Heywood once told CA: "I don't believe in Muses or divine inspiration. Writing is a relatively straightforward process once a story has percolated, scut work in pursuit of a higher order. I write every night, year-round, and start each night by hacking up what I wrote the previous night, which then puts me into the flow of the new material. I write first drafts in longhand with a fountain pen; all subsequent revisions go onto the word processor. I need a ‘governor,’ and longhand serves that purpose; writing an original on the word processor tends to make it too easy to fly. While a story may be intended to put the reader into a jet stream, the crafting needs to be carefully measured. In car terms, the novel is a handbuilt Indy car, not an off-the-production-line model. There's an anachronistic element to my approach as well, a link to times past when virtually all writers handwrote their manuscripts, and I relish that connection.

"I work in a dark basement at an oak roll-top desk without a desktop lamp, a television above me (which is on and loud all the time), and surrounded by dusty, musty gewgaws. I need stimuli (sound) to write, but I tend to edit and revise in stone silence. Over the years I've probably heard bits and pieces of several thousand movies. From time to time mice come to check my progress. One year I bought traps to kill them but couldn't handle the reality of it.

"When I'm working, ten or twelve hours can pass in a snap. It's quite extraordinary what happens to time when your nose is down. I have no real advice for aspiring writers other than to write every day and everywhere. I firmly believe that good work will eventually find light, but you have to do the work. For me, it's the work that's good, not the collateral activities related to publishing. My high comes when the first draft is done, not when there are books on the shelves. Writing excites rather than depresses—even revisions. Many people have talents for all sorts of endeavors, but few have the discipline to do the work and stay at it. No writer is ever as good as he wants to be, which is where the continuity comes from—the endless drive to do it better, cleaner, more efficiently—this being the contest with yourself, one that ultimately cannot be won. I've always got ten more novels in mind. The world presents me with new ideas virtually every day. I thank it for such generosity."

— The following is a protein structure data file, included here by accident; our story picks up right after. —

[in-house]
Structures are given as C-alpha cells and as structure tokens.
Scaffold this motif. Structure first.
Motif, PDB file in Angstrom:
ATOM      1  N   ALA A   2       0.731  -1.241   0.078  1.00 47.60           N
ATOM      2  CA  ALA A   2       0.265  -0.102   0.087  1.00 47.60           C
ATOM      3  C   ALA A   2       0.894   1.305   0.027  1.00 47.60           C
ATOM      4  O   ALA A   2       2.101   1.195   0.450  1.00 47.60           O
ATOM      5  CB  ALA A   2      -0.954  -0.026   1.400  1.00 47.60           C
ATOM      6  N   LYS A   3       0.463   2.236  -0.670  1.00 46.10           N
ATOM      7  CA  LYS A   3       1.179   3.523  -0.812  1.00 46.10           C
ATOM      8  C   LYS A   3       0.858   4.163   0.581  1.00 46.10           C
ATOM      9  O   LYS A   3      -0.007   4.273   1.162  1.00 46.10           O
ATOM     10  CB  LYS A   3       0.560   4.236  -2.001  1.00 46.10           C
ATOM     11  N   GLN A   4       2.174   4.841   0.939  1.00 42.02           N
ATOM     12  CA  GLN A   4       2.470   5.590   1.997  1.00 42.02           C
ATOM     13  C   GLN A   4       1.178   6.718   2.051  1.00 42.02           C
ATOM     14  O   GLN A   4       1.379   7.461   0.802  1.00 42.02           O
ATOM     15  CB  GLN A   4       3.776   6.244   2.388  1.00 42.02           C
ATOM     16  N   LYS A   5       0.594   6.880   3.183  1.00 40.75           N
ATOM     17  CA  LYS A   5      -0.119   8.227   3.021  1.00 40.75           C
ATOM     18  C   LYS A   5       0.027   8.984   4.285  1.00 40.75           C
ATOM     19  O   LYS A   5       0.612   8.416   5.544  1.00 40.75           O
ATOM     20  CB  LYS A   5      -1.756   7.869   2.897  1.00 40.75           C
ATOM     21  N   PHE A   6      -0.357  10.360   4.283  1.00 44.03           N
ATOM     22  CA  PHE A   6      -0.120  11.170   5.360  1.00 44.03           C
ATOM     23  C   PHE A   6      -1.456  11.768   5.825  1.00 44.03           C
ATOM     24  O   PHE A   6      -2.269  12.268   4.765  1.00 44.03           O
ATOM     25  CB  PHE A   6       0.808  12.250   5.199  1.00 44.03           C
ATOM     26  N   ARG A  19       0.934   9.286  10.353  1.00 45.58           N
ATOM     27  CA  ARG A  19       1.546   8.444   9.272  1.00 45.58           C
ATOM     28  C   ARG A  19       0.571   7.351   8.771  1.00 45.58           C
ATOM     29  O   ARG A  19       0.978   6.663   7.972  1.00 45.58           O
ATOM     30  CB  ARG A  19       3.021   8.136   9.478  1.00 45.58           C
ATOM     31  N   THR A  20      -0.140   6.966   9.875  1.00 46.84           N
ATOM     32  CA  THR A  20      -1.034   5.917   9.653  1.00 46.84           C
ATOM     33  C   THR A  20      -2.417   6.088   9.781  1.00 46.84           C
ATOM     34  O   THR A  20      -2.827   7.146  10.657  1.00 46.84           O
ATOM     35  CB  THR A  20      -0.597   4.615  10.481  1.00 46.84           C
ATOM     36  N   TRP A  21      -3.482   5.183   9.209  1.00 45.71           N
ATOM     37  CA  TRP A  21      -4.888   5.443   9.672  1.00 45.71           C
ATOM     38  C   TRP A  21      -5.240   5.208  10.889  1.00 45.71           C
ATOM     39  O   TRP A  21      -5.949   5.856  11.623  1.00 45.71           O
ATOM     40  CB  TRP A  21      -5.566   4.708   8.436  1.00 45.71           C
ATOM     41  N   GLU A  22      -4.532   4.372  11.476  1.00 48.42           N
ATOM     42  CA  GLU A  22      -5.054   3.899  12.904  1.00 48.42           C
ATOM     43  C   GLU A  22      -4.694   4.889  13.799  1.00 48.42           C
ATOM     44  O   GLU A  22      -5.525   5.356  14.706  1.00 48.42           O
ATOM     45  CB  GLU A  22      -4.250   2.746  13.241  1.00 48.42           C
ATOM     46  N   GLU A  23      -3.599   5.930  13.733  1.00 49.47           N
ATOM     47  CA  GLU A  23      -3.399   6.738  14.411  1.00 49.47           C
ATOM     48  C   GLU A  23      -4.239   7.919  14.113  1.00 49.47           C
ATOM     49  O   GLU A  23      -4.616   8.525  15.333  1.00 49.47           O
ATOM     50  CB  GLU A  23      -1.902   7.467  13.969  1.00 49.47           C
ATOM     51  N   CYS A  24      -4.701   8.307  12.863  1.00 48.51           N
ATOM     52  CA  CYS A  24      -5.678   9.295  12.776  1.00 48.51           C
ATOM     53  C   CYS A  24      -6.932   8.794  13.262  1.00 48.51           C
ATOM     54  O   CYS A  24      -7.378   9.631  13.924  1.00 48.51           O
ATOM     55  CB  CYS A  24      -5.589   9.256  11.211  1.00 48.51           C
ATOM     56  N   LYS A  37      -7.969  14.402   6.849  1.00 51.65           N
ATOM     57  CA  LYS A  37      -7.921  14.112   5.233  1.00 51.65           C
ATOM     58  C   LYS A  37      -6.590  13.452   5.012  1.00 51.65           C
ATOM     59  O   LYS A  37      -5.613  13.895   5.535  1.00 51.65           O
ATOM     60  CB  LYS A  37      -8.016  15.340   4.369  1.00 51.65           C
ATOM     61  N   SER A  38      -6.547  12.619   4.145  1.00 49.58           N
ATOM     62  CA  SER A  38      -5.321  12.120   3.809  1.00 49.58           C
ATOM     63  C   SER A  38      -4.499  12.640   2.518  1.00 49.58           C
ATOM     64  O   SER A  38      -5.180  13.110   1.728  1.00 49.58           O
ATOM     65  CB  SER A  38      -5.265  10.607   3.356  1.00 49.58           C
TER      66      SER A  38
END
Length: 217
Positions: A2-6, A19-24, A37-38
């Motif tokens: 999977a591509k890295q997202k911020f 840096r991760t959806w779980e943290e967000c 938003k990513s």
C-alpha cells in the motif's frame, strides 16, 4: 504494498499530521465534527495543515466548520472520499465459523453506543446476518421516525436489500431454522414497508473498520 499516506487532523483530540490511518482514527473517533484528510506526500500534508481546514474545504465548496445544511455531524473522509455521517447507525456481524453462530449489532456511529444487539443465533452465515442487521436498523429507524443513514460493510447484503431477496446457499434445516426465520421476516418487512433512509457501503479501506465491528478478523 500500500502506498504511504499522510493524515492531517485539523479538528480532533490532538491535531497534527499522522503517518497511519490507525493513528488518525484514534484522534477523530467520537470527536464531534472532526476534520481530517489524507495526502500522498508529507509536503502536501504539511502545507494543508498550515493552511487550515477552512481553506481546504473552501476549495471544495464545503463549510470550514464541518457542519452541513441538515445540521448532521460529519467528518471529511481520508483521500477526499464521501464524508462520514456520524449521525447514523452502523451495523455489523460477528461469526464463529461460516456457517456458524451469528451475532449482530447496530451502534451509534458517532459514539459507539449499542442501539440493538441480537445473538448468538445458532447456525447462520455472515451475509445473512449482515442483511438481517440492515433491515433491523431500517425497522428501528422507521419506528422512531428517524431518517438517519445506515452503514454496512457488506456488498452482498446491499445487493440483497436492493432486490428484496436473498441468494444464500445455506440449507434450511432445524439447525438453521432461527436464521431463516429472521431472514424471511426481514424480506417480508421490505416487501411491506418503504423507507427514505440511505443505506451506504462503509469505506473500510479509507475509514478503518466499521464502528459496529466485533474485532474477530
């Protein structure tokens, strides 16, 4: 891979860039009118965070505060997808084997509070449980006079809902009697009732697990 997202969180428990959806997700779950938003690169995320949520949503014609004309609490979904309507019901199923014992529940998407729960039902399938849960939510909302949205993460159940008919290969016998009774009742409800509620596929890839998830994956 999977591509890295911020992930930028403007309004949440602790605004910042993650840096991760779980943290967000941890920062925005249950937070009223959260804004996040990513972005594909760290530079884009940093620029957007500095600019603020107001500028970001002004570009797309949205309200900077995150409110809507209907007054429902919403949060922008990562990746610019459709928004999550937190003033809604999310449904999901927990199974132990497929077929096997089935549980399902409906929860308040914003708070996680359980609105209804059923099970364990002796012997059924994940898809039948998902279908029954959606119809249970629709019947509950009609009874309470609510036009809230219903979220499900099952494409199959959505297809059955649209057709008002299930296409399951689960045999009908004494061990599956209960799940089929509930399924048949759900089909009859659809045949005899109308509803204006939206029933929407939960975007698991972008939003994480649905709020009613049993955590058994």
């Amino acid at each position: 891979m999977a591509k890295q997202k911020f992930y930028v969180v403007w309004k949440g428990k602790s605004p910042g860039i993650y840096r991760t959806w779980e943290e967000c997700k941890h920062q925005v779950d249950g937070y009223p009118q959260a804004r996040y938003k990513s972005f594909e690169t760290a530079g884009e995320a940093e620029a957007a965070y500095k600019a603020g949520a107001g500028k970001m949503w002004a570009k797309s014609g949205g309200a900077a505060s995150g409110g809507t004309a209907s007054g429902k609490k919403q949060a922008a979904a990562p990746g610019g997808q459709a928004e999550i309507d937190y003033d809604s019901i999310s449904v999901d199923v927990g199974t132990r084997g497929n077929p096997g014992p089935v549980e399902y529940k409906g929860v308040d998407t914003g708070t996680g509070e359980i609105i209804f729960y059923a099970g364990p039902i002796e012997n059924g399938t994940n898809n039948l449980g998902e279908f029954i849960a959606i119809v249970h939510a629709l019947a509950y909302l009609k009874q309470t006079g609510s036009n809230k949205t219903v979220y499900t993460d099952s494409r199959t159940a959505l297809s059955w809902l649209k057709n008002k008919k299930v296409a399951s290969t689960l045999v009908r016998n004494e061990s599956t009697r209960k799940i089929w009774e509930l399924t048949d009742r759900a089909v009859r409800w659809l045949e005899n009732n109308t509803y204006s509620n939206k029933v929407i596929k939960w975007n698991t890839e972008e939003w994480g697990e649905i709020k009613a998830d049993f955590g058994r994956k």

Heywood, Joseph, The Berkut, Random House (New York, NY), 1987.


Booklist, September 1, 1992, Eloise Kinney, review of The Domino Conspiracy, p. 36; September 1, 2000, Dennis Dodge, review of The Snowfly, p. 65; September 15, 2002, John Rowen, review of Blue Wolf in Green Fire: A Woods Cop Mystery, p. 210; April 1, 2003, John Rowen, review of Covered Waters: Tempests of a Nomadic Trouter, p. 1365; May 15, 2005, Wes Lukowsky, review of Running Dark: A Woods Cop Mystery, p. 1639.

Kirkus Reviews, August 15, 2000, review of The Snowfly, p. 1135; August 1, 2002, review of Blue Wolf in Green Fire, p. 1079; May 1, 2005, review of Running Dark, p. 512; July 1, 2007, review of Strike Dog: A Woods Cop Mystery.

Library Journal, August, 1992, Jo Ann Vicarel, review of The Domino Conspiracy, p. 149; August, 2000, Fred M. Gervat, review of The Snowfly, p. 156; July 1, 2001, Rex Klett, review of Ice Hunter: A Woods Cop Mystery, p. 129; September 1, 2002, Rex Klett, review of Blue Wolf in Green Fire, p. 217.

Mystery Scene, summer, 2005, Jeff Siegel, review of Running Dark.

New Yorker, September 28, 1987, review of The Berkut, p. 98.

New York Times Book Review, November 29, 1987, Stewart Kellerman, review of The Berkut, p. 20.

Publishers Weekly, July 10, 1987, Sybil Steinberg, review of The Berkut, p. 57; June 15, 1992, review of The Domino Conspiracy, p. 82; August 7, 2000, review of The Snowfly, p. 76; June 4, 2001, review of Ice Hunter, p. 61; August 26, 2002, review of Blue Wolf in Green Fire, p. 46; September 1, 2003, review of Chasing a Blond Moon: A Woods Cop Mystery, p. 68; April 11, 2005, review of Running Dark, p. 37; June 25, 2007, review of Strike Dog, p. 37.

Tribune Books (Chicago, IL), September 13, 1987, Michael J. Bandler, review of The Berkut.

Washington Post, September 28, 1987, Richard Harwood, review of The Berkut.


Joseph Heywood Home Page, http://marschke.com/heywood (April, 2008).

Mystery Reader, http://www.themysteryreader.com/ (September 24, 2001), Andy Plonka, review of Ice Hunter.